…ONE AIR­LINE LOST TWO PLANES

Marie Claire (South Africa) - - REPORTAGE - By J BROOKS SPEC­TOR, as­so­ciate ed­i­tor / The Daily Mav­er­ick

ON 8 MARCH, ML370 left Kuala Lumpur, head­ing for Beijing, car­ry­ing 239 peo­ple from 14 coun­tries. With­out plane veered off course head­ing out over the In­dian Ocean where it likely plunged to a wa­tery grave, killing all on board. De­spite in­creas­ingly fran­tic in­ter­na­tional search and res­cue ef­forts, satel­lite imag­ing and high-tech re­mote sens­ing equip­ment, no trace of the plane has been dis­cov­ered. As the fruit­less search con­tin­ued, fam­ily mem­bers of the pas­sen­gers de­manded ex­pla­na­tions, in­creas­ingly crit­i­cal of their treat­ment by Malaysia Air­lines. With no ex­pla­na­tion, an­guished fam­i­lies have re­fused to ac­cept the plane just, well, van­ished.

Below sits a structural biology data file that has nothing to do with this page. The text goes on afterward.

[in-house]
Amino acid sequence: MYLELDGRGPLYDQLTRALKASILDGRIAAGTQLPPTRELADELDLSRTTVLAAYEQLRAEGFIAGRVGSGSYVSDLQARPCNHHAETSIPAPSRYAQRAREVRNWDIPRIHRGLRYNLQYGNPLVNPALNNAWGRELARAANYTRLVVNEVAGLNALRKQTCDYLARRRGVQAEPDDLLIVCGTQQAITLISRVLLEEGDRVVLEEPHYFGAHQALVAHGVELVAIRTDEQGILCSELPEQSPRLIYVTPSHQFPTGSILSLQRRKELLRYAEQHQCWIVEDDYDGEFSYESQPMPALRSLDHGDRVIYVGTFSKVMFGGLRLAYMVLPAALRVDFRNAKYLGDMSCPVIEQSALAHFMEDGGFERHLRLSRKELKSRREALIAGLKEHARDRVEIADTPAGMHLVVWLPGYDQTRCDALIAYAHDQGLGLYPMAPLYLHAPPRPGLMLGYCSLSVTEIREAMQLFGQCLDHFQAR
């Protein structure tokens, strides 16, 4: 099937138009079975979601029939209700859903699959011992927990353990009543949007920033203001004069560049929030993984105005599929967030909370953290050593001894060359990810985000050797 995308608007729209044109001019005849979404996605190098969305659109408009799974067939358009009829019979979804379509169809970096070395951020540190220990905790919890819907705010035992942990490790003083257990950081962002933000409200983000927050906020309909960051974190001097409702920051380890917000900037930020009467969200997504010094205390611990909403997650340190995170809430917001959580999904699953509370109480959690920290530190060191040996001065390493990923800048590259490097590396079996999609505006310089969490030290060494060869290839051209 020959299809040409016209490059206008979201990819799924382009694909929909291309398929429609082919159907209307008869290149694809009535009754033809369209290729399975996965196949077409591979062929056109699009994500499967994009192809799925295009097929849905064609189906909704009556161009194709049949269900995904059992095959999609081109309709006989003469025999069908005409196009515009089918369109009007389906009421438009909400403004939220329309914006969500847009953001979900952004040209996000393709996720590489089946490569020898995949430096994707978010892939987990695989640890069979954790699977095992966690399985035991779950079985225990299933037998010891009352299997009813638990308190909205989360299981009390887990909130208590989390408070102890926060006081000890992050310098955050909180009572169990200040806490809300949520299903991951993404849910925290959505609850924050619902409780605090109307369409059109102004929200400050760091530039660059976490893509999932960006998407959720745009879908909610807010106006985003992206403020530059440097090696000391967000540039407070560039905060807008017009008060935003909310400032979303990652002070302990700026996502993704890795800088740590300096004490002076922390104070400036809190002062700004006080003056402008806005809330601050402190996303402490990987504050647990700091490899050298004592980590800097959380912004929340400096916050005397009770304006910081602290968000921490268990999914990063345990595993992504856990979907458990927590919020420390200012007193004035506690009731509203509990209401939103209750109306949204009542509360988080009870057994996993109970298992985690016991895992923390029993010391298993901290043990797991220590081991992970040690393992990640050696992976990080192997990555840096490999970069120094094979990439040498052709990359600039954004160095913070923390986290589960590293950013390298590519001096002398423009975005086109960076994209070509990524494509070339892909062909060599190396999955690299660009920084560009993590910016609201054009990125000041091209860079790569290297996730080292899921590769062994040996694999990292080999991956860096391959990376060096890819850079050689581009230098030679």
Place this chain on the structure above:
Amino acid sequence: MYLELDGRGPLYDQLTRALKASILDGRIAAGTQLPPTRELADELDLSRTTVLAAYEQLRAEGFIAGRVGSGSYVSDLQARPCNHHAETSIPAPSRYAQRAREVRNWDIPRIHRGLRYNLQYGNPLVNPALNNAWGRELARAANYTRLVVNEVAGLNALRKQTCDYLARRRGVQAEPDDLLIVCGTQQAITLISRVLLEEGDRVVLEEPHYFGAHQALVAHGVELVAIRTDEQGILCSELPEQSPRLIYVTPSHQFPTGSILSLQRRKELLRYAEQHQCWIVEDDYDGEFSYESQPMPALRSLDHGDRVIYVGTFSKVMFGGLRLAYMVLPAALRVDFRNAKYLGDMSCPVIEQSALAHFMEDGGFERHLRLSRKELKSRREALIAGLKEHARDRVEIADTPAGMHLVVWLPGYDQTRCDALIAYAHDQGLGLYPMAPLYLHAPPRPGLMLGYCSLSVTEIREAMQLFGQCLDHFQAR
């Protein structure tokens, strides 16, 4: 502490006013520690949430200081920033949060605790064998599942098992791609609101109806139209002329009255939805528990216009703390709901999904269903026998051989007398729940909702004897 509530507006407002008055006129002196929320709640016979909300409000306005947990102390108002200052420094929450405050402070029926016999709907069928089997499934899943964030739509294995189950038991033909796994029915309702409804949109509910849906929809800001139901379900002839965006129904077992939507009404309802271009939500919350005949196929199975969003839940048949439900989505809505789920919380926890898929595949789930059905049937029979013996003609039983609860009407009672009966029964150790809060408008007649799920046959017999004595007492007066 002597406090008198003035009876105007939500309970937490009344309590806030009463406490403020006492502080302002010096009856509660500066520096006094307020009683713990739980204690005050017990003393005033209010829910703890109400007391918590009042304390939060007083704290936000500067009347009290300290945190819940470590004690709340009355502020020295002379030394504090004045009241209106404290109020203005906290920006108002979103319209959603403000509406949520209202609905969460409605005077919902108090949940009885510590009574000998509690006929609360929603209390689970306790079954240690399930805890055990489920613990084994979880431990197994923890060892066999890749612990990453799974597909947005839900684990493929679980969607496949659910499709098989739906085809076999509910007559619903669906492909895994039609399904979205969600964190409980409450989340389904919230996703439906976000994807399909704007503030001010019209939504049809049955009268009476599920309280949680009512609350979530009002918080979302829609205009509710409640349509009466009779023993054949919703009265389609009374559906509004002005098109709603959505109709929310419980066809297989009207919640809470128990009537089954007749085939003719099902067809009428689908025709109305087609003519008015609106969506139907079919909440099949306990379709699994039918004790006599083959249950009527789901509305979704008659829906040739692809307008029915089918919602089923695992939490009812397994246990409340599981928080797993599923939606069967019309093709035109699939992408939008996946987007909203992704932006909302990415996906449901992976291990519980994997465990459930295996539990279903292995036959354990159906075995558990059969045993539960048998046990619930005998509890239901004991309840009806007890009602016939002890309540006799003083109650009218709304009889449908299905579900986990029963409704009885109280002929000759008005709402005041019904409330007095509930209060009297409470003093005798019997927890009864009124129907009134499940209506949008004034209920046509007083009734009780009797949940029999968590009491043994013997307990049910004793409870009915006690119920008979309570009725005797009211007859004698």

Just four months later, on 17 July, a sec­ond catas­tro­phe struck the air­line. Flight MH17, en route to Kuala Lumpur from The Nether­lands, was east­ern Ukraine. Malaysia Air­lines had, up to that point, de­clined to shift de­spite other in­ter­na­tional air­lines choos­ing to do so. With no ad­vance warn­ing, an ex­plo­sion tore into the plane, car­ry­ing all 298 peo­ple, in­clud­ing South African he­li­copter pi­lot Cameron Dalziel, to their deaths.

For days after the at­tack, the crash site de­scended fur­ther into chaos as the man­gled wreck­age and dis­mem­bered bod­ies lay ex­posed in the sum­mer heat. Ukrainian rebel forces ini­tially blocked in­ves­ti­ga­tors onto the scene and would not al­low coroners to gather re­mains. Now, months after the crash, there is still no agree­ment on what hap­pened.

In­dus­try ex­perts have spec­u­lated about Malaysia Air­lines’ sur­vival th­ese calami­ties, with pas­sen­gers avoid­ing the air­line. In the ab­sence of any cred­i­ble in­for­ma­tion, the mys­te­ri­ous dis­ap­pear­ance of ML370 has trig­gered con­spir­acy the­o­ries that range from the plane’s ab­duc­tion to a real-life ver­sion of the TV se­ries

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